UV mapping vs separating by element.

Hi, so far I know two ways of applying different materials/textures to objects in my level:

  • create the 3D model in a 3D modeling software, apply your UV mapping
  • assign a new material/element to a element in the model, so you end up with different elements in your mesh in UE, then apply different materials to different elements.

I was wondering, which one is better?, pros and cons?, is the second one a legit way of doing it?.


You need UV’s either way. Plus doing a material per element would be really inefficient in general. But that depends a lot more on the type of object. Less materials means less draw calls (in general). UV’s are needed because it defines where a texture is, even with a material based approach, you are going to use textures and unless you UV them even simplistically, you’re going to get a mess of a material.

So to answer your question, doesn’t matter because they both need UV’s.

Why do I need UV’s when going 1 material per element approach?.

That second approach is very slow and will be more of a headache than UV mapping. Not sure why you would bother not making UV maps. For me I was really bad at UV mapping, and found it extremely hard until I found 3D Coat. It’s very fast to unwrap things. Just draw the seams and it will handle the unwrapping and packing for you. It has some pretty good auto UV mapping as well. Might be fine for less critical props, but I usually draw the seams by hand because it’s just so fast to do so and gives better results.

It is not that I don’t want to create the UV’s, but that I’m starting to learn how to do it and I wanted to use the best approach.

My character is just a little cartoonish dragon, (that I bought), and it comes with UV’s and textures already. And I wanted to mess around with the different areas of the dragon in UE, you know, make the claws a little more rough, make the eyes brighter and maybe apply a glow, but I found out I can’t, or I don’t know how to do it.

So in other words, I’m not sure how to. But what I do know, according to the tutorials I watched, that if each element has a different material, I can just make that material whatever I want.

But if you say is not a valid approach, tell me how can I accomplish that, since I’ve read that UE can’t import more than UV and diffuse color from a FBX file.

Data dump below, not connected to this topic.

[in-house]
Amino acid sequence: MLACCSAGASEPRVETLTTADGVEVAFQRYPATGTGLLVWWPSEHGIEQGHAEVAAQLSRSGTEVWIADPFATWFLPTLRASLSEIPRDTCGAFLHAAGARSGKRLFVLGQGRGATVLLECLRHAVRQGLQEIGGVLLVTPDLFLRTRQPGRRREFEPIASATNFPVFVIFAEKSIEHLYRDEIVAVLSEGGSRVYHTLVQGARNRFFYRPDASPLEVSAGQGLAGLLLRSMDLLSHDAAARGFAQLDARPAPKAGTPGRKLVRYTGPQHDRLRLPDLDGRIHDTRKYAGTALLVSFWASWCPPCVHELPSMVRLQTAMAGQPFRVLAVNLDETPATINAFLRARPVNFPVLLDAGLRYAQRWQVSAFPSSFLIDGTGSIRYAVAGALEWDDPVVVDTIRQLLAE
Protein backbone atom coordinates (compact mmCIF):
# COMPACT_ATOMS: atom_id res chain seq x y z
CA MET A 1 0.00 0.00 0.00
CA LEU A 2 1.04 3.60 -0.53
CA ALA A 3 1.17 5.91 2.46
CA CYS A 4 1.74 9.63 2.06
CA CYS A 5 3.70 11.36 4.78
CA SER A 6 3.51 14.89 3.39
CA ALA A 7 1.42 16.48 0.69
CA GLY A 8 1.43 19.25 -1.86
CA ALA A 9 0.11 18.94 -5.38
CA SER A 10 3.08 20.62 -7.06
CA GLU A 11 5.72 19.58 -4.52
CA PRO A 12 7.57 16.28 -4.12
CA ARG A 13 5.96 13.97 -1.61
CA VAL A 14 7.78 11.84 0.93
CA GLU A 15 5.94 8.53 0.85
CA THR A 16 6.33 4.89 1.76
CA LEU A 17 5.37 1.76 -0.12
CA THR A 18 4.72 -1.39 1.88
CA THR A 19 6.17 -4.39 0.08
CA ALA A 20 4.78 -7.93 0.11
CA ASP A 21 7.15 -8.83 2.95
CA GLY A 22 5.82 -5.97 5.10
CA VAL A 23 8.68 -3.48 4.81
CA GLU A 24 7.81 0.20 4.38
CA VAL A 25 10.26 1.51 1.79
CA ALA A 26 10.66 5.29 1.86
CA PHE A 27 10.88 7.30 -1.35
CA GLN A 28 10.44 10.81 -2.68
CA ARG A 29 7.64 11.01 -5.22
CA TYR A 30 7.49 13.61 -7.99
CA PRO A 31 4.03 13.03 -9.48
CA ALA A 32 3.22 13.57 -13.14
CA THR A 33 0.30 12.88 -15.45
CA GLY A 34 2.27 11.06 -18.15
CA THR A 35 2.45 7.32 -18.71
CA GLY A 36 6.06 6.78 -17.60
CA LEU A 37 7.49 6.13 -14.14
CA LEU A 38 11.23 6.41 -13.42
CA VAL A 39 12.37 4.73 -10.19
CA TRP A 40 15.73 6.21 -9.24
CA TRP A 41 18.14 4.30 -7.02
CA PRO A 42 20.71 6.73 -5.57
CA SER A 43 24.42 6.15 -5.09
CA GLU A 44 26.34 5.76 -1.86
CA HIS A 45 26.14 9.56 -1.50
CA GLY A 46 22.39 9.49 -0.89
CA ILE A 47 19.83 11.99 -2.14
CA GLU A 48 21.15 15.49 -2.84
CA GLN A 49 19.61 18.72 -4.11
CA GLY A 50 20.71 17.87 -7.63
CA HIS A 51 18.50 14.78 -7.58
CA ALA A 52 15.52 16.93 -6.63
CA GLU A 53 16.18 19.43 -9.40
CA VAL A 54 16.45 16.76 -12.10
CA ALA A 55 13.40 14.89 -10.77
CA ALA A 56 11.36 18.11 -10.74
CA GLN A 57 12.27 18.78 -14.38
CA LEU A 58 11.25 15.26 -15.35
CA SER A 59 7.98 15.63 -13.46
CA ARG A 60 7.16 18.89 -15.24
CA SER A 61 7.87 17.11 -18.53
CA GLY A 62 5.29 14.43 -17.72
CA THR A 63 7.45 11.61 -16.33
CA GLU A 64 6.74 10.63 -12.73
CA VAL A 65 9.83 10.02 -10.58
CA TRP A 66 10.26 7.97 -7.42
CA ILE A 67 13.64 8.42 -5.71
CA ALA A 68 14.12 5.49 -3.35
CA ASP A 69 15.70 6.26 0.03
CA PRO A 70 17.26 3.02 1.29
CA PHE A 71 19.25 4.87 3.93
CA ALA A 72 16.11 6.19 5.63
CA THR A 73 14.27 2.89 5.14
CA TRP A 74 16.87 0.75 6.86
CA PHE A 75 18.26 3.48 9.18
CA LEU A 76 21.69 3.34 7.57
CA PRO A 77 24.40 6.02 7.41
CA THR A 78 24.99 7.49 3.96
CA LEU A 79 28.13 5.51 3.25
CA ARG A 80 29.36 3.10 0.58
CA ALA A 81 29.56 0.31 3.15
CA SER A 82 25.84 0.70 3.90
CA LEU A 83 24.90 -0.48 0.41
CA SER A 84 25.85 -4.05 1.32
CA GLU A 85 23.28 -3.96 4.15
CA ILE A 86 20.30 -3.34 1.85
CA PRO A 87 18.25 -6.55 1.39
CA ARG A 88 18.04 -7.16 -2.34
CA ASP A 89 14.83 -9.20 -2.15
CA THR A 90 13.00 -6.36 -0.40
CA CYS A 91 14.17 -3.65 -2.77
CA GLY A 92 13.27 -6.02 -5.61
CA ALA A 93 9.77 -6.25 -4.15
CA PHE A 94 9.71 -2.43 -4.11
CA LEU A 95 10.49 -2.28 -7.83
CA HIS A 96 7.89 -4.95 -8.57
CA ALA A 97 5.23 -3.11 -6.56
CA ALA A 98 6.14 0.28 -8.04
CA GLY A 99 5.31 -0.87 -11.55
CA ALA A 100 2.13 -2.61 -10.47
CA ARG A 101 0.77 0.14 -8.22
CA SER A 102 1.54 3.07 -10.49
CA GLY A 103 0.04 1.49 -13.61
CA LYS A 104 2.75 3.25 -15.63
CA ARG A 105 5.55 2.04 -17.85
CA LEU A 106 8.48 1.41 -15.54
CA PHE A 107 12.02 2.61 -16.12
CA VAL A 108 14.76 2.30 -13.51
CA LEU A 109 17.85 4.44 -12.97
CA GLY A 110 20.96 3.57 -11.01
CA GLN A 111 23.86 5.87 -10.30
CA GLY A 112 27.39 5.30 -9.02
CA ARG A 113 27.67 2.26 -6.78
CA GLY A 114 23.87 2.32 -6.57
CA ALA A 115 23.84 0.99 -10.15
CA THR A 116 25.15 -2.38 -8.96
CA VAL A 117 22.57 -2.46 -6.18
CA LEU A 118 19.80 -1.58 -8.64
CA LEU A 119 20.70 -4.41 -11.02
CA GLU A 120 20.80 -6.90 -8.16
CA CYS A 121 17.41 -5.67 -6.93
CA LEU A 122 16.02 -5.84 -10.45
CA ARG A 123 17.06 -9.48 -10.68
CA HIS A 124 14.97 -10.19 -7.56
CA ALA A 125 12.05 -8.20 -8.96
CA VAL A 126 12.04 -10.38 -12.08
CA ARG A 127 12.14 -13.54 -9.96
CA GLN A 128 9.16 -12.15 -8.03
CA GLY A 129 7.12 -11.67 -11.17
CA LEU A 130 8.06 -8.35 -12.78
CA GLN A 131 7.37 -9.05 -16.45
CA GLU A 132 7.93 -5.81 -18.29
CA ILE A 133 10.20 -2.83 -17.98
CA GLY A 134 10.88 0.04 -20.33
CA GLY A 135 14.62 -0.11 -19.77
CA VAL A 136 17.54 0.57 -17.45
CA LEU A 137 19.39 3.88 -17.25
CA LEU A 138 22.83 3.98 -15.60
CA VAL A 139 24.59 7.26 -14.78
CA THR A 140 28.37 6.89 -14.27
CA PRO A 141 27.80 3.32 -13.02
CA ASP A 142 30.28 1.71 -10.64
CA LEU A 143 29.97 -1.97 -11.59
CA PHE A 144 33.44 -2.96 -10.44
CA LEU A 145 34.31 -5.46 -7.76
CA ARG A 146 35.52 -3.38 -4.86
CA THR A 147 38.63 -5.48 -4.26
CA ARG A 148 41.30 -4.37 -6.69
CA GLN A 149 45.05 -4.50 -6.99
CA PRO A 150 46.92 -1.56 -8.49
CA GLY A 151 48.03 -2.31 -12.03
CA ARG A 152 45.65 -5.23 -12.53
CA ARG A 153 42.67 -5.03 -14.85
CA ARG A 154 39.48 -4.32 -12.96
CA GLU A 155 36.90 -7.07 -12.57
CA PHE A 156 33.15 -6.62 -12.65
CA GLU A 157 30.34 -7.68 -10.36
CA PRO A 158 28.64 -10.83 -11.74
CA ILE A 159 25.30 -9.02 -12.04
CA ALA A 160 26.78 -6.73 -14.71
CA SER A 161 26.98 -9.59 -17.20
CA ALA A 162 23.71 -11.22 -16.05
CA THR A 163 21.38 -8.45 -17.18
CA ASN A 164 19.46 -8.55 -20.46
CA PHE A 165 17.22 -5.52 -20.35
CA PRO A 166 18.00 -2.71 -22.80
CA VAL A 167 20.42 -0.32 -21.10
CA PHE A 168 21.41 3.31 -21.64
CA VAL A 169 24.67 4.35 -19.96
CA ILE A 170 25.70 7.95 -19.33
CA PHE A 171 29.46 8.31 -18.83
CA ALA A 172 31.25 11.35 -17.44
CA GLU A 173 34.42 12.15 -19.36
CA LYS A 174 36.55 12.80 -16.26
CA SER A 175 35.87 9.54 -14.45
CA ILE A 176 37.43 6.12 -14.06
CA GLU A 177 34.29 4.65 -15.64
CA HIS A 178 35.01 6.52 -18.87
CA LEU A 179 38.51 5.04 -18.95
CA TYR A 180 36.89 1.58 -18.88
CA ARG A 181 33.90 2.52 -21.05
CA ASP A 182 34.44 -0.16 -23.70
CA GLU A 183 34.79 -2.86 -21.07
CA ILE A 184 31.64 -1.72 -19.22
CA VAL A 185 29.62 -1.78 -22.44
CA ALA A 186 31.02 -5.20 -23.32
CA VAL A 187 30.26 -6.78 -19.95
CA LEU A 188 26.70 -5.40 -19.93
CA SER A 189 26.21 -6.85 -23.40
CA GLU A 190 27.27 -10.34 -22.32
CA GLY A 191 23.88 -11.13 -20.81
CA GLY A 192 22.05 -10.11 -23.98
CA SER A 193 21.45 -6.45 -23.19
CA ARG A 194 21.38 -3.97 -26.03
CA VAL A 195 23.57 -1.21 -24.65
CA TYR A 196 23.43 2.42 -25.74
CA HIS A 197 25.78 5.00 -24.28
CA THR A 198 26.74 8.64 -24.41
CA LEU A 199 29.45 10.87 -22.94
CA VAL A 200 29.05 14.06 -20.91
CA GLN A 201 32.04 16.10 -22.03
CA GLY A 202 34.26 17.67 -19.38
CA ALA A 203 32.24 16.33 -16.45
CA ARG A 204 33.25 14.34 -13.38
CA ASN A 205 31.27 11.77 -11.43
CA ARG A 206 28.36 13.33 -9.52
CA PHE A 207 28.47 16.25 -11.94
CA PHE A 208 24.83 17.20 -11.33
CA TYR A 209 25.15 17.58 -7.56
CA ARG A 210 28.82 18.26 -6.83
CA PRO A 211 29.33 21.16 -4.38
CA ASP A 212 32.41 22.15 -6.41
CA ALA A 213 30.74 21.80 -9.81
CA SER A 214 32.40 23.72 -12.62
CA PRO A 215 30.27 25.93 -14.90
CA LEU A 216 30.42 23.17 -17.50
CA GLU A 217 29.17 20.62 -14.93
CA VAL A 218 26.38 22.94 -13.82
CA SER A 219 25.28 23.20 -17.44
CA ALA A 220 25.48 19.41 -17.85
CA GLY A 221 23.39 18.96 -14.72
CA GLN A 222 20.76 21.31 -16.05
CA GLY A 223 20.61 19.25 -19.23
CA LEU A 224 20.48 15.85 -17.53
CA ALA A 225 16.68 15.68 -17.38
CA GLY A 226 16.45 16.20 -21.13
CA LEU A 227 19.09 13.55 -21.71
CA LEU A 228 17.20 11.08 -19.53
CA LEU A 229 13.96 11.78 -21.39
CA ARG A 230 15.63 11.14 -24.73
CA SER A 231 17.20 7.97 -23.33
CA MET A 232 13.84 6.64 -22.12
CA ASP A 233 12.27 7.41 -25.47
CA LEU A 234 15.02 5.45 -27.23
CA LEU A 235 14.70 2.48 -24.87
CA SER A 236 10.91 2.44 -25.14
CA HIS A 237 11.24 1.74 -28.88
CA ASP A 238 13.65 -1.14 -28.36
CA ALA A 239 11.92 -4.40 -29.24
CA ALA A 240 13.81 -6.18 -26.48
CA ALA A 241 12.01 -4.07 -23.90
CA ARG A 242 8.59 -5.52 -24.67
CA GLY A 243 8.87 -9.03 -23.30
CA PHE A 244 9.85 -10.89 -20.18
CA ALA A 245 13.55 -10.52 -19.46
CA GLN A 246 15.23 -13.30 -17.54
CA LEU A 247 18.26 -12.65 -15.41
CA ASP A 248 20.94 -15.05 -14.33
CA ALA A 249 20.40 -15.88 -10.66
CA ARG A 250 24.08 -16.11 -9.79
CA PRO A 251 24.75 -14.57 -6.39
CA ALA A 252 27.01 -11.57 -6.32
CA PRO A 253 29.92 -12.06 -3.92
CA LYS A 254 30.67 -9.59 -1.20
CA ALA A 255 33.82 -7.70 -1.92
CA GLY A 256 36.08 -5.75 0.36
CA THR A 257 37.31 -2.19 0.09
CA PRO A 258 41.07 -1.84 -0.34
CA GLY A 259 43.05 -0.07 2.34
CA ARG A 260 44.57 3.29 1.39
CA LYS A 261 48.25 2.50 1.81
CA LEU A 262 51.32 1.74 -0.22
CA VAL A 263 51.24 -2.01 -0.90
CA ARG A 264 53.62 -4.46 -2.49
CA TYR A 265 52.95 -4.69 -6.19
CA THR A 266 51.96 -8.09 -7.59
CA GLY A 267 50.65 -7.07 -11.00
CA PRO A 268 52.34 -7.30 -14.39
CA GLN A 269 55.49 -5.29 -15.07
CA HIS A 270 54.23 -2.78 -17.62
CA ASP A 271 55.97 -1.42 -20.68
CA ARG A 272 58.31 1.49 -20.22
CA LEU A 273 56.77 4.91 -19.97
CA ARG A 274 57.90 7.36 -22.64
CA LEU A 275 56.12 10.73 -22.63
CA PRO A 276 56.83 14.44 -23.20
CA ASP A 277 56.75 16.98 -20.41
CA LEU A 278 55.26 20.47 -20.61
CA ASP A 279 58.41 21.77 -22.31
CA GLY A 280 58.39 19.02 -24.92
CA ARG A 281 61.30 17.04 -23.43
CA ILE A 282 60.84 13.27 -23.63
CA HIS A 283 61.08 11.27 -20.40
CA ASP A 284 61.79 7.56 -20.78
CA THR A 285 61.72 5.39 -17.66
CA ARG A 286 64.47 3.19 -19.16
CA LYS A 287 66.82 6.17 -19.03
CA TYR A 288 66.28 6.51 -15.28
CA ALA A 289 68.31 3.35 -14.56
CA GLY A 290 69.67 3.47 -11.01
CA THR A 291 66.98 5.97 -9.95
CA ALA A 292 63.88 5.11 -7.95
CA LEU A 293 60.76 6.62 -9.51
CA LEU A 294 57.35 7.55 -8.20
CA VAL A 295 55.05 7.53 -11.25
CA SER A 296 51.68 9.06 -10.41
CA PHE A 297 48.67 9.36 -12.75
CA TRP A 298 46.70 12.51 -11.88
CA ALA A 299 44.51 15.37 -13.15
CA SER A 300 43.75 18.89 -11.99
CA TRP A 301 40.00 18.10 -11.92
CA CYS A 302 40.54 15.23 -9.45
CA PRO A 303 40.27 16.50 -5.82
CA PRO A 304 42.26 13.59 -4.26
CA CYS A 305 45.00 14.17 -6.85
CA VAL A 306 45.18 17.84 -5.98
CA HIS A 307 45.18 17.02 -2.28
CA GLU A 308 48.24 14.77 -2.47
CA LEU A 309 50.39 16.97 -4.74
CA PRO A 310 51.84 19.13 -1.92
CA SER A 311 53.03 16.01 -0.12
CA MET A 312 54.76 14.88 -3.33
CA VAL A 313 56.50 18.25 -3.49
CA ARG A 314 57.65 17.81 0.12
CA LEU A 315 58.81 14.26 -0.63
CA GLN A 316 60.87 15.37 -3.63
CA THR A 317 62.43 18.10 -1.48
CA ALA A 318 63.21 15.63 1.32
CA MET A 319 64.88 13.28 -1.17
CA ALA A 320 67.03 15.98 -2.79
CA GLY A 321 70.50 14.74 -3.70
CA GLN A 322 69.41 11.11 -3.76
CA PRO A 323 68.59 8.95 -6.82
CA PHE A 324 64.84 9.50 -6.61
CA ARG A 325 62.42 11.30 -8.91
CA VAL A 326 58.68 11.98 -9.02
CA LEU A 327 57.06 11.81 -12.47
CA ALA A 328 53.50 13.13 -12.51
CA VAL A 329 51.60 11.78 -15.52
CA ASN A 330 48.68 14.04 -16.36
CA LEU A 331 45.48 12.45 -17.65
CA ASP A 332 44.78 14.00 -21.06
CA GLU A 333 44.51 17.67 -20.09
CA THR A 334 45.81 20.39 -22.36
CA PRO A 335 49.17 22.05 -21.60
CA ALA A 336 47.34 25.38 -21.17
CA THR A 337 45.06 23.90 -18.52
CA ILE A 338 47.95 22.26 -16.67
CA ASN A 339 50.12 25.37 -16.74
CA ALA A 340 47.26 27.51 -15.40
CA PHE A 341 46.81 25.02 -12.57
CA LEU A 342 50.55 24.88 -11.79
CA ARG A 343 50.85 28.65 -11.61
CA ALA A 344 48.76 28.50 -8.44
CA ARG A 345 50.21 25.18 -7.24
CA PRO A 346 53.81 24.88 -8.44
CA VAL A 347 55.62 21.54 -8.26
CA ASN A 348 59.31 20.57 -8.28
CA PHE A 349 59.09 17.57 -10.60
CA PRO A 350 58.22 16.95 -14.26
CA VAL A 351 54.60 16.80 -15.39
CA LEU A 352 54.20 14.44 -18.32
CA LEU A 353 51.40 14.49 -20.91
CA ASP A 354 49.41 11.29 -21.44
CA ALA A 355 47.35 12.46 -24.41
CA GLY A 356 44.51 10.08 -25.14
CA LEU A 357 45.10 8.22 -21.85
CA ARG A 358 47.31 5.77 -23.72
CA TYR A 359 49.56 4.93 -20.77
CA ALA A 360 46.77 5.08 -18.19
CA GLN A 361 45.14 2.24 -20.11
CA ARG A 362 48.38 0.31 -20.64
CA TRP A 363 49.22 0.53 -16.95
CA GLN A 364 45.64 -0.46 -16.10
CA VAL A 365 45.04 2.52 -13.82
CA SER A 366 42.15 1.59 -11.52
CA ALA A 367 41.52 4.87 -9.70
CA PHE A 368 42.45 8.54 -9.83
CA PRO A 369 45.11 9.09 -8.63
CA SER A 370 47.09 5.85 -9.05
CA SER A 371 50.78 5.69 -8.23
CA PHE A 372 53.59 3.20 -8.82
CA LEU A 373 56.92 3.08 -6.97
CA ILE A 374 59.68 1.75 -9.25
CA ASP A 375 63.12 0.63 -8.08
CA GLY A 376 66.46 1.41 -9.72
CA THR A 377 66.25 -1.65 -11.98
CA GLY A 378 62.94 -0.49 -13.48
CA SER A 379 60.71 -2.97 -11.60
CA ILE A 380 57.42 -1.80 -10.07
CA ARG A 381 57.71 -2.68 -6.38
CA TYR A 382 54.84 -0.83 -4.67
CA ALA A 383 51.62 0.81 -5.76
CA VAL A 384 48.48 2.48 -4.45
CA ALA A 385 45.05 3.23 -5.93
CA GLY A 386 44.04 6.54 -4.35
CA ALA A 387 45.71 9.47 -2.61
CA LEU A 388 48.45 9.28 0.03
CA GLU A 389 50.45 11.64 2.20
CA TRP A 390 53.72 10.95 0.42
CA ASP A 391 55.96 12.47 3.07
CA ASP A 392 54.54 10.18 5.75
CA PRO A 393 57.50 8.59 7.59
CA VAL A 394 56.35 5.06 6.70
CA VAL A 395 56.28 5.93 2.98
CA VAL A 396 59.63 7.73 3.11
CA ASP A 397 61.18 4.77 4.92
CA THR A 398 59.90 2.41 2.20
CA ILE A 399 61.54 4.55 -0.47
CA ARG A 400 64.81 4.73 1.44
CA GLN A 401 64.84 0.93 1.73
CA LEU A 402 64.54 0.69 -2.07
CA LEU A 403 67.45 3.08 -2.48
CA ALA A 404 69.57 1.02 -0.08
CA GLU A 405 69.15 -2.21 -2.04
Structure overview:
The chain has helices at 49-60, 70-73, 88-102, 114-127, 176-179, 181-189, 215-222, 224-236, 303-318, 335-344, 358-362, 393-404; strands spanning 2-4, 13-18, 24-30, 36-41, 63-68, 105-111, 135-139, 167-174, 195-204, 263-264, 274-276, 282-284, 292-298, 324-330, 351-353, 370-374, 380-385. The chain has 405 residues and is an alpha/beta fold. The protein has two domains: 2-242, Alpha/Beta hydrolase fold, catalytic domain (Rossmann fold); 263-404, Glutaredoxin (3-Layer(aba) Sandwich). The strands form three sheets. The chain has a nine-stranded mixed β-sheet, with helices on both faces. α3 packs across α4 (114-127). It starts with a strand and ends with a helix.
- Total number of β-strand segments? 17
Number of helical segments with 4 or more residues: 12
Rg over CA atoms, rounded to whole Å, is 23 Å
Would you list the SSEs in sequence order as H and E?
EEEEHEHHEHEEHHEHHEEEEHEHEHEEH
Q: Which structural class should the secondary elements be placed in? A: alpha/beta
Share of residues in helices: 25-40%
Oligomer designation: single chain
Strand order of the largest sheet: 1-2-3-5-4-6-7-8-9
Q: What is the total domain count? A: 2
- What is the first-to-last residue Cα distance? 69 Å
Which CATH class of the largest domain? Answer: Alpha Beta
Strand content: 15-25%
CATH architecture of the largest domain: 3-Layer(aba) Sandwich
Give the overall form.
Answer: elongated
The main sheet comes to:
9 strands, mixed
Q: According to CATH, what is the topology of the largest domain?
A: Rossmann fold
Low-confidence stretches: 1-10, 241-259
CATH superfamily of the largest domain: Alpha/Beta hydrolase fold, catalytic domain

The UV’s are there to simply tell the engine where on the texture the polygons are. If you aren’t using textures in your materials (i.e. very simple solid colours) then you don’t need them, but for pretty much any reasonable complex materials you will pretty much want the UV’s to be laid out properly so the textures work.

Unreal as far as I know supports at least 3 UV channels, but that might be more. It also allows multiple materials per object (you create a multi-sub object material in max, no idea about any other software).

Well, actually I don’t really need/want realistic textures, since my characters are very cartoon like, picture Super Smash Brawl, do I still need UV?.

You’ll still need UV’s to do SSB: Brawl level stuff.

I see, so let me ask you this, let say I want to change the roughness of a claw or teeth in the model, how can I do that?, without having it’s own element?.

The easiest and more effiecent way would be with a mask texture and blending a parameter with the current value. But you’d need UVs and a mask texture or a material ID texture.

Truth is, I don’t need/want textures for my characters, since they have a cartoon style, solid colors will do. But I do want to later be able to create different materials from those solid colors. That is why I don’t understand what role UV plays in this. I think I’m missing something, since in UE when I import my character, I don’t have any way to interact with the UV’s or anything like that, I just have a automatically created material that contains my texture and mesh, but no reference to the UV whatsoever.

I guess you could just assign multiple materials without textures and use parameters to control those values with material instances to save on performance. But each separate material on a mesh is another draw call, so I’d avoid doing that too much of you want a bunch of characters on screen at once.